Structural Analogies

1 References to Different Genres as a Precursor of Structural Analogies

Long before structural analogies between music and the visual arts became established in the twentieth century, the two genres made numerous references to one other throughout their respective histories: either at the theoretical level in the context of the paragone (the Renaissance debate on the rivalry between the arts), in the development of esthetics in the eighteenth century — which formulated common goals for the two genres — or at the practical level, in the choice of subject matter derived from the other art form.

Thus, the choice of musical themes such as the depiction of musicians or instruments was a long-standing tradition in painting before tone painting — which found expression even in literature, in numerous Künstlerromane — came to be propagated more forcefully as of the eighteenth century. Under the influence of musical esthetics, musical art became something of a role model for painting in the nineteenth century and, subsequently, structural principles were transferred gradually to the production of visual imagery, as illustrated by Philipp Otto Runge’s Die Zeiten (The Times of the Day; 1807). Because of the rise of photography, among other things, painting lost its monopoly on figurative reproduction and, in the course of its reorientation process, discovered in music a role model for an abstract approach to artistic material. To this attests a growing preference, manifest by the end of the nineteenth century, for musical titles for semiabstract or abstract paintings.

By the same token, mimetic representation of events in the real world was achieved in nineteenth-century music solely by recourse to tone painting. Imitations of natural phenomena such as birdsong, thunderstorms, idyllic landscapes (including a rushing stream and the blast of hunters’ horns), and a railway journey are just one example of this.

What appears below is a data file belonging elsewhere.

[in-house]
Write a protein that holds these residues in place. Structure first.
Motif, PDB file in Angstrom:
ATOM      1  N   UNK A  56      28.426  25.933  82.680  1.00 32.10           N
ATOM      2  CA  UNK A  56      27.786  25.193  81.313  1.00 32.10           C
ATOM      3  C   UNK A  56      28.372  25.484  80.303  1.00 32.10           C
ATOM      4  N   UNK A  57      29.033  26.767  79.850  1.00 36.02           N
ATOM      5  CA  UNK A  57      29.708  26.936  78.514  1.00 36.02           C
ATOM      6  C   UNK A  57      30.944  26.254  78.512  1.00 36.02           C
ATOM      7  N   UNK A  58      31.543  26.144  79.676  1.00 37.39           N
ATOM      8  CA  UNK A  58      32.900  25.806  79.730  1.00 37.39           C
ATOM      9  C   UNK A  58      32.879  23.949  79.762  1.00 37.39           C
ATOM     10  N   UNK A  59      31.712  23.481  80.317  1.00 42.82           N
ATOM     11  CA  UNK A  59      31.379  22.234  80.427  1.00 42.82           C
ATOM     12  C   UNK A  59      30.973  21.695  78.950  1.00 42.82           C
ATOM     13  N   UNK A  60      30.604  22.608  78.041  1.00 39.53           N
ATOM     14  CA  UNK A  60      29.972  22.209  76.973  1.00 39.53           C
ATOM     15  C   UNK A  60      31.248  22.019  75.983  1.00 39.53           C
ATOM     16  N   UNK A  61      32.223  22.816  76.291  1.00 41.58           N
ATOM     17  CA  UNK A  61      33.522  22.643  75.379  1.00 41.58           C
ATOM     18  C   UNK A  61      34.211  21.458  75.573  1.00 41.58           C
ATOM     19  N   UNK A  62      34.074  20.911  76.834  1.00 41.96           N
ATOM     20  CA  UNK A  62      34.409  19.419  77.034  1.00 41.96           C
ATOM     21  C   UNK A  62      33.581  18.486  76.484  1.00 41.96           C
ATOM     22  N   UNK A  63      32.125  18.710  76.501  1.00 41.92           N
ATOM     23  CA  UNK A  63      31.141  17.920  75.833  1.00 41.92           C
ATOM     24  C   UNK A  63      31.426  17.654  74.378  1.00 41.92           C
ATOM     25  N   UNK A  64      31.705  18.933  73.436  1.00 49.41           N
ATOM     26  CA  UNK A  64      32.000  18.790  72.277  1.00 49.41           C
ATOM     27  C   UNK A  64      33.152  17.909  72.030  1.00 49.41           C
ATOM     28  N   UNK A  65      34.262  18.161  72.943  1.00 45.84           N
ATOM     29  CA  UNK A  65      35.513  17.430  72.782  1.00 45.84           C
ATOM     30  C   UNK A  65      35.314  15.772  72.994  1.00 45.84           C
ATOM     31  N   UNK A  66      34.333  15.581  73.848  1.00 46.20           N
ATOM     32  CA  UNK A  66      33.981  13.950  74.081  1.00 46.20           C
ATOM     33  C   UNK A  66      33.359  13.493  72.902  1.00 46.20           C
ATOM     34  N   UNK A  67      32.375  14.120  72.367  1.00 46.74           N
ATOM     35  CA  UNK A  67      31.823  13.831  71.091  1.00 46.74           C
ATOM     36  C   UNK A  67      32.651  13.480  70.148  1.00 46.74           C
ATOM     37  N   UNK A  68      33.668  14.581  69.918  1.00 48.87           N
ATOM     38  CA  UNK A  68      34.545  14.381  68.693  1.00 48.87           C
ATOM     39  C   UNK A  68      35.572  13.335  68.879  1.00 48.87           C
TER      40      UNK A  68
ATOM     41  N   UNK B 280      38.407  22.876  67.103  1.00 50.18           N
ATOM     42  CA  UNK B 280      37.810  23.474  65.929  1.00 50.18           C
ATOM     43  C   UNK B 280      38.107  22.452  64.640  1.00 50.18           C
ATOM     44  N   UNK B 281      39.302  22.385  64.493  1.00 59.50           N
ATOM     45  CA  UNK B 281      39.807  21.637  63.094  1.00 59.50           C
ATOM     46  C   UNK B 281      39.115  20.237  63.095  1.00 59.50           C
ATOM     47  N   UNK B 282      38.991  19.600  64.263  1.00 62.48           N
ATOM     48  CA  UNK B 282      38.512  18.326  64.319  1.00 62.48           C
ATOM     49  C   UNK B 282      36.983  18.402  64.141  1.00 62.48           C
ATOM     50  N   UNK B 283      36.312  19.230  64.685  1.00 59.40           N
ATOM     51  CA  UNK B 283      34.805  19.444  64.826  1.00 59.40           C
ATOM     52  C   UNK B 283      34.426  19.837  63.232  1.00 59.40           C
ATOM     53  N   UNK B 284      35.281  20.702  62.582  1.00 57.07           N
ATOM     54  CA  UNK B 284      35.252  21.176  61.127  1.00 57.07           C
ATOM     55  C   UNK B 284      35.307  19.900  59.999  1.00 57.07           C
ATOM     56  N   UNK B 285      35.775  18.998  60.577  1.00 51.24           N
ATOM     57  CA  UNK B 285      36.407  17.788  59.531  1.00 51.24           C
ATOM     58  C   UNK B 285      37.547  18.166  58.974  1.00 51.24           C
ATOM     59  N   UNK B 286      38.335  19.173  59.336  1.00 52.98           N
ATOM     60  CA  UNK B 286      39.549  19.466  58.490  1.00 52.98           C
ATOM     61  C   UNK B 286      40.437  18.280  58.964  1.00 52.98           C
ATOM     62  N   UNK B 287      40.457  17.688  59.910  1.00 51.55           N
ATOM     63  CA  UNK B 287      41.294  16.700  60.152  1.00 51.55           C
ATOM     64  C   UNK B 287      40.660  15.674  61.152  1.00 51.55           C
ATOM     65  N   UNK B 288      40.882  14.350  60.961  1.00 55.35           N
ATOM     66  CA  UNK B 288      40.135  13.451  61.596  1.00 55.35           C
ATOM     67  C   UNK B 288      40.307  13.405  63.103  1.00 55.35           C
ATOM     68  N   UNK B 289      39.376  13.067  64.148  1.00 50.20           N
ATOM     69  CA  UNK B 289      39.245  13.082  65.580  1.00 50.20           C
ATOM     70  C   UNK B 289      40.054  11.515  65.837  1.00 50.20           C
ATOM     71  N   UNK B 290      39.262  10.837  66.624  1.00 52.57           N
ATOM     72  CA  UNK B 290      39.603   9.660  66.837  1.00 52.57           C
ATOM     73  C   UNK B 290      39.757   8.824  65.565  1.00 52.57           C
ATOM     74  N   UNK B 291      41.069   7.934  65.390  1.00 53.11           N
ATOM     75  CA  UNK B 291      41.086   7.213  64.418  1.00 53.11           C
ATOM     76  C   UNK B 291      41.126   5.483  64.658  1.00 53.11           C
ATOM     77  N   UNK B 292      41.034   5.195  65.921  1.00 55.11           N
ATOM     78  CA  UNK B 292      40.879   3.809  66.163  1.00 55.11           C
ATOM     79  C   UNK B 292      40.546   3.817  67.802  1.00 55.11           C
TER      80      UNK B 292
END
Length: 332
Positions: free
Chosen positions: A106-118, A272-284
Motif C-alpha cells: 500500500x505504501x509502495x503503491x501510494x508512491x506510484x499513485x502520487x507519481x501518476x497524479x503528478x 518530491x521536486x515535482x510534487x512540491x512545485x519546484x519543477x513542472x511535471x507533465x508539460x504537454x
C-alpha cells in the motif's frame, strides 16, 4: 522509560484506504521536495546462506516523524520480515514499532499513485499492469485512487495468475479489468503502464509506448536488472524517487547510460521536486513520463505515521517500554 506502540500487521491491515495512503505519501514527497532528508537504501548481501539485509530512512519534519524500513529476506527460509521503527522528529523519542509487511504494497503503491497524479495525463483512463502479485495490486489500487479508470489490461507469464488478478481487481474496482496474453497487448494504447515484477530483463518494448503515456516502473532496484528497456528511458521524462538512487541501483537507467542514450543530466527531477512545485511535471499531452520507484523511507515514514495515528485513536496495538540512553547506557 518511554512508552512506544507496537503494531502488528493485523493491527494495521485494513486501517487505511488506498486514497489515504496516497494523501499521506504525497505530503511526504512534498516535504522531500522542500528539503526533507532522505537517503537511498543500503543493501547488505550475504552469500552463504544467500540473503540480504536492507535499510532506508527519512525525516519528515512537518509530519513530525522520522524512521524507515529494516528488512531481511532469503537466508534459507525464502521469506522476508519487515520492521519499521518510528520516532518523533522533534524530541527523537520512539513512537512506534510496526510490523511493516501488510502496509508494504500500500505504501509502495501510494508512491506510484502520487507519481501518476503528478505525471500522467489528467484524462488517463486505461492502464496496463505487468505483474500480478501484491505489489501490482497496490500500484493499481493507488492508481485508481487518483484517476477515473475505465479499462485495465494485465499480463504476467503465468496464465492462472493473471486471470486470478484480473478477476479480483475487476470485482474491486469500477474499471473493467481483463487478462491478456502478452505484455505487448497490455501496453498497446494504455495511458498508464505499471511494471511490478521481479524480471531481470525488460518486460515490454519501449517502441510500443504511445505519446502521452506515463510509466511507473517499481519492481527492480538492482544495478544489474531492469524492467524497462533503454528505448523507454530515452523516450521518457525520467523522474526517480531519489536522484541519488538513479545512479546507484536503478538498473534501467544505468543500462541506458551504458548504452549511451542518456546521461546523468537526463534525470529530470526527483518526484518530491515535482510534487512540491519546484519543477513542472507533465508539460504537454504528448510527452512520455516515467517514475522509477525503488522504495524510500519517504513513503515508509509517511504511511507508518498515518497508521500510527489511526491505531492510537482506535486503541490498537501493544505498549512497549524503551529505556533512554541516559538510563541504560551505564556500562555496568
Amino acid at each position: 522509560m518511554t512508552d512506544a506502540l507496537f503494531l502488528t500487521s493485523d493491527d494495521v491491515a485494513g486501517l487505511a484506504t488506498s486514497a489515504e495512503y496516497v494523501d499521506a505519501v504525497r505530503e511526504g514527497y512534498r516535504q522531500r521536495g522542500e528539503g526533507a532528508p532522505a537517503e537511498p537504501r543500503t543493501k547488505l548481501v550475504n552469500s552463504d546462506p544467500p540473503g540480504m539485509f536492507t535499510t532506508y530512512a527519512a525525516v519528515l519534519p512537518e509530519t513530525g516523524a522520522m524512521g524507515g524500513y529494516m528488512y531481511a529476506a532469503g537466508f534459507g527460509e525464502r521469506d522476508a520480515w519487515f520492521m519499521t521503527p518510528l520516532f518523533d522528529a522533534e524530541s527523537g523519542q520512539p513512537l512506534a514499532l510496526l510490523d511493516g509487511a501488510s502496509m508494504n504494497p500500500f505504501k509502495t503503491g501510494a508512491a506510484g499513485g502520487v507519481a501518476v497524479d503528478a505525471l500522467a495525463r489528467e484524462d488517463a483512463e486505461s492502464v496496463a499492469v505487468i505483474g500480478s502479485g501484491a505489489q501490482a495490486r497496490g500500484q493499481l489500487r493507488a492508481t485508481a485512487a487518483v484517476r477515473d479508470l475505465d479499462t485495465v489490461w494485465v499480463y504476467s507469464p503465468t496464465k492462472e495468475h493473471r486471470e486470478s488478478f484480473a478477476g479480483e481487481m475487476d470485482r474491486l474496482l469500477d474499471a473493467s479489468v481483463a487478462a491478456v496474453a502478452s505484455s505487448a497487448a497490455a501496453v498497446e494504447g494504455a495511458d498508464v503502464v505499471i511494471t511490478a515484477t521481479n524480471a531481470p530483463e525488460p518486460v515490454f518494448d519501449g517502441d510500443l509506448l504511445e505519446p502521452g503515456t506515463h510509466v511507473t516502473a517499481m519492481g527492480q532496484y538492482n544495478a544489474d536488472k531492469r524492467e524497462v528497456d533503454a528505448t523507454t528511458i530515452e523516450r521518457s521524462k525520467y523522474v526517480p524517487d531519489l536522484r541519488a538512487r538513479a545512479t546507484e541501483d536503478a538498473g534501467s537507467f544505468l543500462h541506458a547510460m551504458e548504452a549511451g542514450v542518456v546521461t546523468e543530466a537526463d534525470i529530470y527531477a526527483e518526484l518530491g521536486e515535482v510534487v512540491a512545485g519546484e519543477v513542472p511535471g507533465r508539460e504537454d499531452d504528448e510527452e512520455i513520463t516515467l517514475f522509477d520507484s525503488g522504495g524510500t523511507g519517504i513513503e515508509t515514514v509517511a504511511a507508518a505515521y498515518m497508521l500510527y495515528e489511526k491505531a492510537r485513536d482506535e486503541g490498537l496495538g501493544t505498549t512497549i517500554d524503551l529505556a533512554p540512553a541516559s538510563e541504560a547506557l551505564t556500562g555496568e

It is only with the proliferation of program music in the nineteenth century that one finds concrete references to works of fine art, as in Franz Liszt’s Années de pèlerinage (Years of Pilgrimage; 1839) and Hunnenschlacht (Battle of the Huns; 1857), and Modest Mussorgsky’s Kartinki s vystavki (Pictures at an Exhibition; 1874).[1]

In these cases, correlations with the painterly template exist primarily as tertium comparationis, that is, through the use of identical adjectival ascriptions — monumental or static, for example — which had been transferred from the visual plane to music.

Since the early twentieth century, productive exchanges between visual art and music have ultimately intensified, either because of the synchronous activity of artist-musicians in the two genres, of endeavors to synthesize art forms — for example, in musical theater — or of the transfer of creative principles based on structural analogies.

Program music usually implies an independent instrumental piece based on a nonmusical theme to which the composer, as a rule, expressly alludes.